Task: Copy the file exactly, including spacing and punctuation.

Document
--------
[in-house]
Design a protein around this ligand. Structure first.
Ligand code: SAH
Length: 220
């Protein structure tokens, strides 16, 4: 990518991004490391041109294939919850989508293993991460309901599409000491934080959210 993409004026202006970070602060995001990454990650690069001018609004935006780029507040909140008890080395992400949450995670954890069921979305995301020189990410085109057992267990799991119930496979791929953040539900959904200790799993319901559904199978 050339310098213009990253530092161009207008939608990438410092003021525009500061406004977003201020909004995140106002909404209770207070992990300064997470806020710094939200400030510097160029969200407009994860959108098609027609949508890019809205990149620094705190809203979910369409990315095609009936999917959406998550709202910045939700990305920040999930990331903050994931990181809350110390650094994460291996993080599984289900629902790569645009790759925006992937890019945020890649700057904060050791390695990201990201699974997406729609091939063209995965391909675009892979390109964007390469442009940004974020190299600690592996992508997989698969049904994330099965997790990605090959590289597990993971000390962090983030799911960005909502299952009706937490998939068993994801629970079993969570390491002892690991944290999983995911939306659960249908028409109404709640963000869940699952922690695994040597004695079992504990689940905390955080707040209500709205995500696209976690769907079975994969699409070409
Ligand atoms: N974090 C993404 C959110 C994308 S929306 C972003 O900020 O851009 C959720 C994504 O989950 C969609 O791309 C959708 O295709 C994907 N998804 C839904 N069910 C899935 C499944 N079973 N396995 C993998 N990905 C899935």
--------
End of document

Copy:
[in-house]
Design a protein around this ligand. Structure first.
Ligand code: SAH
Length: 220
């Protein structure tokens, strides 16, 4: 990518991004490391041109294939919850989508293993991460309901599409000491934080959210 993409004026202006970070602060995001990454990650690069001018609004935006780029507040909140008890080395992400949450995670954890069921979305995301020189990410085109057992267990799991119930496979791929953040539900959904200790799993319901559904199978 050339310098213009990253530092161009207008939608990438410092003021525009500061406004977003201020909004995140106002909404209770207070992990300064997470806020710094939200400030510097160029969200407009994860959108098609027609949508890019809205990149620094705190809203979910369409990315095609009936999917959406998550709202910045939700990305920040999930990331903050994931990181809350110390650094994460291996993080599984289900629902790569645009790759925006992937890019945020890649700057904060050791390695990201990201699974997406729609091939063209995965391909675009892979390109964007390469442009940004974020190299600690592996992508997989698969049904994330099965997790990605090959590289597990993971000390962090983030799911960005909502299952009706937490998939068993994801629970079993969570390491002892690991944290999983995911939306659960249908028409109404709640963000869940699952922690695994040597004695079992504990689940905390955080707040209500709205995500696209976690769907079975994969699409070409
Ligand atoms: N974090 C993404 C959110 C994308 S929306 C972003 O900020 O851009 C959720 C994504 O989950 C969609 O791309 C959708 O295709 C994907 N998804 C839904 N069910 C899935 C499944 N079973 N396995 C993998 N990905 C899935």